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Summary Chapter 12



Pip becomes concerned as he thinks about the fight he had with the red-headed boy. He believes he really injured the boy and is destined to be punished for it. He expects to be sent to prison and stays close to home, fearing arrest by the Constable. He tries to erase evidence of the fight—blood from the boy’s nose on his trousers and on the ground—and tries to think up an explanation for the scrapes on his fingers.

He is terrified the day he has to return to Miss Havisham’s. He is expecting to be arrested by the police, to be shot by Miss Havisham, or to be done in by hired mercenaries. He doesn’t believe this vengeance would come from the red-headed boy, but relatives of his who wish to defend his honor and the family name.

However, nothing happens. It isn’t even spoken of. Pip searches for the boy, but he is not there.

Pip pushes Miss Havisham around in a wheelchair when she tires of walking. They go around the property for several hours. She arranges for him to come every other day.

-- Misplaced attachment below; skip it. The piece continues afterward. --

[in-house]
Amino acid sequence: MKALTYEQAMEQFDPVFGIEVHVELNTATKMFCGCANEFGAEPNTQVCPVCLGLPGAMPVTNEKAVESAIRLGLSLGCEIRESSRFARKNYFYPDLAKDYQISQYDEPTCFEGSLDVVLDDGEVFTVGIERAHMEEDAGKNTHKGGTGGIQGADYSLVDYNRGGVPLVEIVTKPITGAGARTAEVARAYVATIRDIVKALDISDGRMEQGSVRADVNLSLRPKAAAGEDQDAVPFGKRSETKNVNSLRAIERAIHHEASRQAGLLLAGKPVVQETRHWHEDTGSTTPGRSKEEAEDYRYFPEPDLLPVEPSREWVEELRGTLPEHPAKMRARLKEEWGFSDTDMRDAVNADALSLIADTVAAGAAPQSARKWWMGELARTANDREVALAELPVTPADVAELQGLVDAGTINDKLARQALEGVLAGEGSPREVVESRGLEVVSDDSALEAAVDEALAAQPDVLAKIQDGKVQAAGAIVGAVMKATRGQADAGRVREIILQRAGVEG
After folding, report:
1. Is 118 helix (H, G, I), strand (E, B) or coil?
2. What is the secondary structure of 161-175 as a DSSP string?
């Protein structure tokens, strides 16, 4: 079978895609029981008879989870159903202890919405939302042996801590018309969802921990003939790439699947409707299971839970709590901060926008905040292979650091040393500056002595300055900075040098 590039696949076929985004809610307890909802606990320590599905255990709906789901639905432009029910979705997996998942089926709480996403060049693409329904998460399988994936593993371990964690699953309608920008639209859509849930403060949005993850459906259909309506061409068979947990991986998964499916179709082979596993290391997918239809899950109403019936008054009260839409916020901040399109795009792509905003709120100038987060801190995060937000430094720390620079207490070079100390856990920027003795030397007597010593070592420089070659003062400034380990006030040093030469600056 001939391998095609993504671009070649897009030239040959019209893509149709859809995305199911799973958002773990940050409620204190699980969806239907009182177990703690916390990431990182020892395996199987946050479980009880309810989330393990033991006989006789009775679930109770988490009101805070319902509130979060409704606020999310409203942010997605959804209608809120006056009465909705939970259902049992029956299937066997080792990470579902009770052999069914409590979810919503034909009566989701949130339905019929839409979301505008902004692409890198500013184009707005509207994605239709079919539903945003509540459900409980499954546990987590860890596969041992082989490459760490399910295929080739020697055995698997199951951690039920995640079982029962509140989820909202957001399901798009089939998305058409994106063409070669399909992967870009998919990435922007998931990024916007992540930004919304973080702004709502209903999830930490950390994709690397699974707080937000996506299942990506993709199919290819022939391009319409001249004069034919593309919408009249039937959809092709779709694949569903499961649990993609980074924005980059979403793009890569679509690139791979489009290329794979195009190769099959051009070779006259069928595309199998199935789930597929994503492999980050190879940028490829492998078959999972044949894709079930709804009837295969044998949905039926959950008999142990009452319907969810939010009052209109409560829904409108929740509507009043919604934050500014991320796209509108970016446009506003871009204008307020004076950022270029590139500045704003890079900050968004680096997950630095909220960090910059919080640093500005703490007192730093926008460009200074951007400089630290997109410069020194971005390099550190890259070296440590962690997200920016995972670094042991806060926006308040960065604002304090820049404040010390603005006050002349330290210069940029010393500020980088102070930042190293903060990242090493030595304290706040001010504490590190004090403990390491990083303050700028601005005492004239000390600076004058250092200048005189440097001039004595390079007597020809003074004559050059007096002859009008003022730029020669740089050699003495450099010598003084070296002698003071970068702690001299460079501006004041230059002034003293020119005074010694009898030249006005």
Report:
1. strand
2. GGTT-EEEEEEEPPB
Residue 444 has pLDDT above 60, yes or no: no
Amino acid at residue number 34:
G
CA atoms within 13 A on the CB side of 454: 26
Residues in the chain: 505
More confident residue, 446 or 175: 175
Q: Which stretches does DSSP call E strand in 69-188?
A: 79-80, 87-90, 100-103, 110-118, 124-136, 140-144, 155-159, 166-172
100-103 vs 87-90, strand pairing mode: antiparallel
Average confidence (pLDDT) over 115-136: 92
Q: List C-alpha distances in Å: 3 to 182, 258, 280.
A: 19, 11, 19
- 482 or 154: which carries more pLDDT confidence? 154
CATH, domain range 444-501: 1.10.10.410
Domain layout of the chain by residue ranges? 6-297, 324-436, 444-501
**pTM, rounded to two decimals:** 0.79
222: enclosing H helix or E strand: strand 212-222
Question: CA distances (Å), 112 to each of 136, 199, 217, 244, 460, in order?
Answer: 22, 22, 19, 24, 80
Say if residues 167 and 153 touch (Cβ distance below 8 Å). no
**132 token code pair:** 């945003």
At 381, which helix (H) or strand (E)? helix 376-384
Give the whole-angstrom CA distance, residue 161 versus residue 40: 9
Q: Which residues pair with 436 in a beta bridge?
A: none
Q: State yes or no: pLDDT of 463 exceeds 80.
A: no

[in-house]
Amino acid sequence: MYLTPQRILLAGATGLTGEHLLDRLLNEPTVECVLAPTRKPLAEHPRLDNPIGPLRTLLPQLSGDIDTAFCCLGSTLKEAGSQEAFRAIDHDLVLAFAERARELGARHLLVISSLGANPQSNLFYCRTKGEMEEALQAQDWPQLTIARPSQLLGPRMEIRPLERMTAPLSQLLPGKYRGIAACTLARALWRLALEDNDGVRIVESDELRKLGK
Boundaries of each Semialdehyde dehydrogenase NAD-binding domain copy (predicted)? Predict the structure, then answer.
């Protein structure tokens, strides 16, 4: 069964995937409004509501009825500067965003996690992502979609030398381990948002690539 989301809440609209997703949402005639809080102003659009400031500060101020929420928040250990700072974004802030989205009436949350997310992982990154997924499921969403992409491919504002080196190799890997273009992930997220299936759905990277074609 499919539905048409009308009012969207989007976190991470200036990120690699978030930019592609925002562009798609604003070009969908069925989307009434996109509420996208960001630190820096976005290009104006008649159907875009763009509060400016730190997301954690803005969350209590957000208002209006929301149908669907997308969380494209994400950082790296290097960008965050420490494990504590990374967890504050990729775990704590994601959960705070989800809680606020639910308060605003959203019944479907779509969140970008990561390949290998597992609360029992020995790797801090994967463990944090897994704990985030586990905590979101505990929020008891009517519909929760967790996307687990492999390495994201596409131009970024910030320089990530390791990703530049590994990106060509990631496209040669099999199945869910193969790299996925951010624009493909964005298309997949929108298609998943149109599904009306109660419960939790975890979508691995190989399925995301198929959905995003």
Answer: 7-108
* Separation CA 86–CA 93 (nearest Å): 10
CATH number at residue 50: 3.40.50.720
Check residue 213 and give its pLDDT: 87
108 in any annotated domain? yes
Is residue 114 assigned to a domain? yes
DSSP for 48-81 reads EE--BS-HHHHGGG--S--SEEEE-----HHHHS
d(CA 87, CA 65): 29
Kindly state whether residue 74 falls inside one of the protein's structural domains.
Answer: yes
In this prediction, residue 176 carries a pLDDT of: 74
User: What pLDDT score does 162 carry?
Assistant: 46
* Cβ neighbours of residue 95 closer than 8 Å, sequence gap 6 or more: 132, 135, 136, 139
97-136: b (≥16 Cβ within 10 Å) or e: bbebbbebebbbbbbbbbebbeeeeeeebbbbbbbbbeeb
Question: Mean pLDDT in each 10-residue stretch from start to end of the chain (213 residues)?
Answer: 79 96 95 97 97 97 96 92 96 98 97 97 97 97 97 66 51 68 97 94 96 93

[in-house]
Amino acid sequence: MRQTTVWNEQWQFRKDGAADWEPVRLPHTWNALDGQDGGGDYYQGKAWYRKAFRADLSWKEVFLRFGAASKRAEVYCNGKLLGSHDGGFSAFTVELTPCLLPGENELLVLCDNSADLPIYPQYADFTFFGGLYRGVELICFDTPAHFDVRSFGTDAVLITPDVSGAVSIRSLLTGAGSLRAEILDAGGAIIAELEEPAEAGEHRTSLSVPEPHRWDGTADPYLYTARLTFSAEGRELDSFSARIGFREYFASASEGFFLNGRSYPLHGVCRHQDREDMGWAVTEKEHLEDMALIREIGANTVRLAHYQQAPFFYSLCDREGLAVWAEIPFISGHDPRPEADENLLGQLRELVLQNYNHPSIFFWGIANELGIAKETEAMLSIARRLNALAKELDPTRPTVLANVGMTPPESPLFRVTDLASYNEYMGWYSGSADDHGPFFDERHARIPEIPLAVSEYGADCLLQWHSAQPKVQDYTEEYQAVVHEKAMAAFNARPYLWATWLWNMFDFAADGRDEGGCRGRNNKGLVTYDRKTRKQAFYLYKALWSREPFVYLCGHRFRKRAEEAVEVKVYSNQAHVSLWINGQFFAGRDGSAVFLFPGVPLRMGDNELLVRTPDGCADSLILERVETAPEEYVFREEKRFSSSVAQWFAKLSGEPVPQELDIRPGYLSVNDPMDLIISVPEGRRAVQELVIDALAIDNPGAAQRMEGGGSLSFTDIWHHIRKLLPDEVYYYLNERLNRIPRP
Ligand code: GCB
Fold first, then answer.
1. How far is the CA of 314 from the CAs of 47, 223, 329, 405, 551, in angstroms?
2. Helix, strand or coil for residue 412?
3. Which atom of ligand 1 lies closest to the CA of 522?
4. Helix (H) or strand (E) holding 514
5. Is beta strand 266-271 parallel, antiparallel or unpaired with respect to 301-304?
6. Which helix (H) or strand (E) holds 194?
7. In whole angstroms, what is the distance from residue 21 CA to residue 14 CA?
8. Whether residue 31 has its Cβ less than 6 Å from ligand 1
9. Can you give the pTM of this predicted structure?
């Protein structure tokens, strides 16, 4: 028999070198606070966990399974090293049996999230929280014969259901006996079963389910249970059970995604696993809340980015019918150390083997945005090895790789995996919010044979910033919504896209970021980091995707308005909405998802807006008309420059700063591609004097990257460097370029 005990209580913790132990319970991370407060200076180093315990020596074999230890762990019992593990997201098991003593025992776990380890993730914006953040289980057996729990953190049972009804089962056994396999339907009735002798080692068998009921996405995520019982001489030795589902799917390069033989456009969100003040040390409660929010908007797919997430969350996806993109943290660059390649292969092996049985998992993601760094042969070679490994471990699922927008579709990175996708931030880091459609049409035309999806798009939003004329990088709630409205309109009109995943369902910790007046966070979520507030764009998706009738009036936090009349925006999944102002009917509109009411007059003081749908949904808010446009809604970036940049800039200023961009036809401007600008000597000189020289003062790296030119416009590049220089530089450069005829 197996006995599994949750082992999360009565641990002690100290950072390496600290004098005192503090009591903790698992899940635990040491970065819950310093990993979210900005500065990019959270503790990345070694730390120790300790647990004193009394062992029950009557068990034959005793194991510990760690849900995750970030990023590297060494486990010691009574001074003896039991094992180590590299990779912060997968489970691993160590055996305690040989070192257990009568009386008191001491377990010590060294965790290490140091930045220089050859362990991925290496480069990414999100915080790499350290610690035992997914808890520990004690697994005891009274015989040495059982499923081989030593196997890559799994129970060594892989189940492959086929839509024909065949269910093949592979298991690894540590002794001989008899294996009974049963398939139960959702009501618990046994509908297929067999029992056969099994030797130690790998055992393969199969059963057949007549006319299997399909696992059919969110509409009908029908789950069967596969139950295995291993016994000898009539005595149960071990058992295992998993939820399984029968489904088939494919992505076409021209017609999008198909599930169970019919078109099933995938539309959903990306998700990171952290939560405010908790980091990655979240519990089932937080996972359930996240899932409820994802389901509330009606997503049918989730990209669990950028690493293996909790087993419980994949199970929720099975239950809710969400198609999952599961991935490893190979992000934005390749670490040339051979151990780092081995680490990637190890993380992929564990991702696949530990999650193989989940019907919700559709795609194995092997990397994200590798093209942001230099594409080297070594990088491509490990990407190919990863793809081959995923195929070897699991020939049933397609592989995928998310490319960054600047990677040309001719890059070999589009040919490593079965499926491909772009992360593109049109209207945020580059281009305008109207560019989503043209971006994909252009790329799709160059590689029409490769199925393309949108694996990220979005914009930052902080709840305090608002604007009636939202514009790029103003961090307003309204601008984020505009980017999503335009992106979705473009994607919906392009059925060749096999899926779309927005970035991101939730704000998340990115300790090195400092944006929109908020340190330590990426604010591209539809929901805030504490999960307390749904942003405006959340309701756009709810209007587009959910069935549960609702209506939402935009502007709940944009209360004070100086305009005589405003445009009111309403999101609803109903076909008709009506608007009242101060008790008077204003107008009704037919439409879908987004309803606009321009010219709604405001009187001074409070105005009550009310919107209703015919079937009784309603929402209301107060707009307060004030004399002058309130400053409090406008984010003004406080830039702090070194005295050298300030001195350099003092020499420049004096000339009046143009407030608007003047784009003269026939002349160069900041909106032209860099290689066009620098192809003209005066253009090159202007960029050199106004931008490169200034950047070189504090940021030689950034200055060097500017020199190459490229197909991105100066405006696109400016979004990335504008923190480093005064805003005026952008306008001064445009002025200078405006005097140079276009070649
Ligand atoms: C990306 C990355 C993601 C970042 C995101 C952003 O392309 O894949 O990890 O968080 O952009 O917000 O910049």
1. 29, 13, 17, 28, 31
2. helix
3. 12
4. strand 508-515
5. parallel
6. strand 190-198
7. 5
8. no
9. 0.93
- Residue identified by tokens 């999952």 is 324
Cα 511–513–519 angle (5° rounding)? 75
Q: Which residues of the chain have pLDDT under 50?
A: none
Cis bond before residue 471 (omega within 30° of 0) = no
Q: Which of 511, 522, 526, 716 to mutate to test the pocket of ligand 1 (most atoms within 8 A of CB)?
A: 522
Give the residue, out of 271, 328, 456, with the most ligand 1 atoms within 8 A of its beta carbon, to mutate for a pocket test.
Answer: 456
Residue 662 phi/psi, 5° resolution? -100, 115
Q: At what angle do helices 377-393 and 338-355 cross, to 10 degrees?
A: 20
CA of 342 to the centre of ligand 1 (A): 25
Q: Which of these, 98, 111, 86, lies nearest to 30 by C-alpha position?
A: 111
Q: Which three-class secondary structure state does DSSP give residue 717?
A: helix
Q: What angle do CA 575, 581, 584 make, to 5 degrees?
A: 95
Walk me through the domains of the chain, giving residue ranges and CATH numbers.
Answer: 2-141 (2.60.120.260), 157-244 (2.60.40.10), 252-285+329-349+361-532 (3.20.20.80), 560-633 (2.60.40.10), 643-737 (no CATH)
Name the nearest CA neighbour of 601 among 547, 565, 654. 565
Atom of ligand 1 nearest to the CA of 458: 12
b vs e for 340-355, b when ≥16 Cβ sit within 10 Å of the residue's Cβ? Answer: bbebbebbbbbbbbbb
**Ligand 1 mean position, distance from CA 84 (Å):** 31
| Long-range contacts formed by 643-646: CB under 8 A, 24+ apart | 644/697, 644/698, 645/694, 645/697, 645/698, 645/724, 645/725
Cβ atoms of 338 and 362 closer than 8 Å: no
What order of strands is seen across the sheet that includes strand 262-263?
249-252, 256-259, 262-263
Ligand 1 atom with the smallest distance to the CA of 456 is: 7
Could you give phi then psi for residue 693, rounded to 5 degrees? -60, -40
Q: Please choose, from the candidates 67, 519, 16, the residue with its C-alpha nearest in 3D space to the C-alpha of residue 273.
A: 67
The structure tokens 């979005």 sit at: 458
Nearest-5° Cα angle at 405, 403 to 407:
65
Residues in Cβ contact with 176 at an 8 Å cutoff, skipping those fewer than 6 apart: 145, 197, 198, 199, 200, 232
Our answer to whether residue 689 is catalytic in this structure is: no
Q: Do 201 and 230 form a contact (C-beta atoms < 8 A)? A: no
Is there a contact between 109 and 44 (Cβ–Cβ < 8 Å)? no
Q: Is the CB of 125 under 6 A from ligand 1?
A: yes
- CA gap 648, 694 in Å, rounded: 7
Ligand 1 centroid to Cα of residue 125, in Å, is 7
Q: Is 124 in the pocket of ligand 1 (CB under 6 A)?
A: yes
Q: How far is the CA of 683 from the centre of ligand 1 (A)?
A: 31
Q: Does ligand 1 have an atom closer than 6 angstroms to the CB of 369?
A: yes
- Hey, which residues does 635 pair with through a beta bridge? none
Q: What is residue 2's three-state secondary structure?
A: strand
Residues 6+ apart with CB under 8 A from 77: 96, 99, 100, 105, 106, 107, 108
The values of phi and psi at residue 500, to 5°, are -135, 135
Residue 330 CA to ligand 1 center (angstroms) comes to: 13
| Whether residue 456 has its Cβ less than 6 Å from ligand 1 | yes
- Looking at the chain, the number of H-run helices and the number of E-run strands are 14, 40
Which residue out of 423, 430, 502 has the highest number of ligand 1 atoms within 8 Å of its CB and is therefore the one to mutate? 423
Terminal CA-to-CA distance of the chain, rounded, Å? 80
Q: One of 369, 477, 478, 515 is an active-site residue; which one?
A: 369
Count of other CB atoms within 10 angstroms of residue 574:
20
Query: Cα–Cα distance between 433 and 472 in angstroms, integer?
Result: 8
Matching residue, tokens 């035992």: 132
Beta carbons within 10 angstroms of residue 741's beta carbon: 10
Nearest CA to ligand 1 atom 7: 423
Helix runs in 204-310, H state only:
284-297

As they get accustomed to each other. Miss Havisham asks more personal questions—like what Pip is going to do in the future. He tells her he expects to become a blacksmith like his adoptive father. Miss Havisham doesn’t offer to help him in any way—either financially or with his education.

Estella never lets him kiss her again, and her moods change very quickly. Generally, she is cold and superior acting. Miss Havisham is pleased that Estella grows more desirable in Pip’s eyes. She is proud that Estella is growing up to be a heartbreaker, which Miss Havisham has bred her to be.

One day, Miss Havisham asks Pip to sing. He sings a ditty he has often heard Joe sing. It is a song dedicated to the patron saint of blacksmiths. Miss Havisham likes the song so much, she makes it a custom that they sing it. The silence of the house, though, seems to drown out their voices.

Pip makes Biddy a confidante and tells her everything about his visits with Miss Havisham that he refuses to reveal to anyone else. Biddy is concerned.

Mr. Pumblechook exasperates Pip by constantly coming over to discuss Pip’s future prospects with Mrs. Joe. Pip’s sister is aggravated by her husband, thinking Joe only wants Pip to be a lowly blacksmith.

Miss Havisham, noticing that Pip is growing up, asks Pip to bring Joe Gargery and his indentures. She insists that they both come alone. When Mrs. Joe hears this, she is thrown into a fury. She is upset that she is excluded. 

Charles Dickens